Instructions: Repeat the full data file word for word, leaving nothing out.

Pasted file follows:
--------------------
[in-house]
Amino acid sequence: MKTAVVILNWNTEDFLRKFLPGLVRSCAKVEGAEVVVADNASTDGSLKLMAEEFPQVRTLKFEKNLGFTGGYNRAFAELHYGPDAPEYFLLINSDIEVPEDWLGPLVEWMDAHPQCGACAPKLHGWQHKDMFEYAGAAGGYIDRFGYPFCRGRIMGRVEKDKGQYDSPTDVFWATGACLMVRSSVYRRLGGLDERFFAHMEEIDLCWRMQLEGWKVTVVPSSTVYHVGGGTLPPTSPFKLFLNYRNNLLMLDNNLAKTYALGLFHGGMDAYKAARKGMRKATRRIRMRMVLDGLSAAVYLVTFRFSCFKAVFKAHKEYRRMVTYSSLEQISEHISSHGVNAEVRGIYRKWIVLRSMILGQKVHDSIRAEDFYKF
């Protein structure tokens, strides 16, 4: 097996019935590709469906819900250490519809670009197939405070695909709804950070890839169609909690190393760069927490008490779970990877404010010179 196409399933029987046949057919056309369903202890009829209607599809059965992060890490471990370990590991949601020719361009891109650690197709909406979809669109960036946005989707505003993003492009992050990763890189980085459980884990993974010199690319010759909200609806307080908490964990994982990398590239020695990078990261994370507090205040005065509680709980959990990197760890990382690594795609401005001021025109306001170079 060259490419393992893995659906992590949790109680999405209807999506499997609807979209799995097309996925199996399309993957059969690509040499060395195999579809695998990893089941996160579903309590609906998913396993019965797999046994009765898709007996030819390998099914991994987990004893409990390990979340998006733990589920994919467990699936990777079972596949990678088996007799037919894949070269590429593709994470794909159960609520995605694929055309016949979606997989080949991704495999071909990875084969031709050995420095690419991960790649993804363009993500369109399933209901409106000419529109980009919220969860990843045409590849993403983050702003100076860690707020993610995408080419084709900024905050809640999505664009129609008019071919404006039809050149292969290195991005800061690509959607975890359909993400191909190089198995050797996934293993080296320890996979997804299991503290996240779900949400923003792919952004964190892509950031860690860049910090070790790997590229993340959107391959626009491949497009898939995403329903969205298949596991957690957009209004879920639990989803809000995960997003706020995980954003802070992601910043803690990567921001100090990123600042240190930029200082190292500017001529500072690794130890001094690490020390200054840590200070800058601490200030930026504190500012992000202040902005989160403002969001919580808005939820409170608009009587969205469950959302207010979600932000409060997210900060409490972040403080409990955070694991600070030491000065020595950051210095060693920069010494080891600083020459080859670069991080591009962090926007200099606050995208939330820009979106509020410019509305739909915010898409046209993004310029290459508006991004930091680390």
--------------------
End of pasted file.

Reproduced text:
[in-house]
Amino acid sequence: MKTAVVILNWNTEDFLRKFLPGLVRSCAKVEGAEVVVADNASTDGSLKLMAEEFPQVRTLKFEKNLGFTGGYNRAFAELHYGPDAPEYFLLINSDIEVPEDWLGPLVEWMDAHPQCGACAPKLHGWQHKDMFEYAGAAGGYIDRFGYPFCRGRIMGRVEKDKGQYDSPTDVFWATGACLMVRSSVYRRLGGLDERFFAHMEEIDLCWRMQLEGWKVTVVPSSTVYHVGGGTLPPTSPFKLFLNYRNNLLMLDNNLAKTYALGLFHGGMDAYKAARKGMRKATRRIRMRMVLDGLSAAVYLVTFRFSCFKAVFKAHKEYRRMVTYSSLEQISEHISSHGVNAEVRGIYRKWIVLRSMILGQKVHDSIRAEDFYKF
């Protein structure tokens, strides 16, 4: 097996019935590709469906819900250490519809670009197939405070695909709804950070890839169609909690190393760069927490008490779970990877404010010179 196409399933029987046949057919056309369903202890009829209607599809059965992060890490471990370990590991949601020719361009891109650690197709909406979809669109960036946005989707505003993003492009992050990763890189980085459980884990993974010199690319010759909200609806307080908490964990994982990398590239020695990078990261994370507090205040005065509680709980959990990197760890990382690594795609401005001021025109306001170079 060259490419393992893995659906992590949790109680999405209807999506499997609807979209799995097309996925199996399309993957059969690509040499060395195999579809695998990893089941996160579903309590609906998913396993019965797999046994009765898709007996030819390998099914991994987990004893409990390990979340998006733990589920994919467990699936990777079972596949990678088996007799037919894949070269590429593709994470794909159960609520995605694929055309016949979606997989080949991704495999071909990875084969031709050995420095690419991960790649993804363009993500369109399933209901409106000419529109980009919220969860990843045409590849993403983050702003100076860690707020993610995408080419084709900024905050809640999505664009129609008019071919404006039809050149292969290195991005800061690509959607975890359909993400191909190089198995050797996934293993080296320890996979997804299991503290996240779900949400923003792919952004964190892509950031860690860049910090070790790997590229993340959107391959626009491949497009898939995403329903969205298949596991957690957009209004879920639990989803809000995960997003706020995980954003802070992601910043803690990567921001100090990123600042240190930029200082190292500017001529500072690794130890001094690490020390200054840590200070800058601490200030930026504190500012992000202040902005989160403002969001919580808005939820409170608009009587969205469950959302207010979600932000409060997210900060409490972040403080409990955070694991600070030491000065020595950051210095060693920069010494080891600083020459080859670069991080591009962090926007200099606050995208939330820009979106509020410019509305739909915010898409046209993004310029290459508006991004930091680390």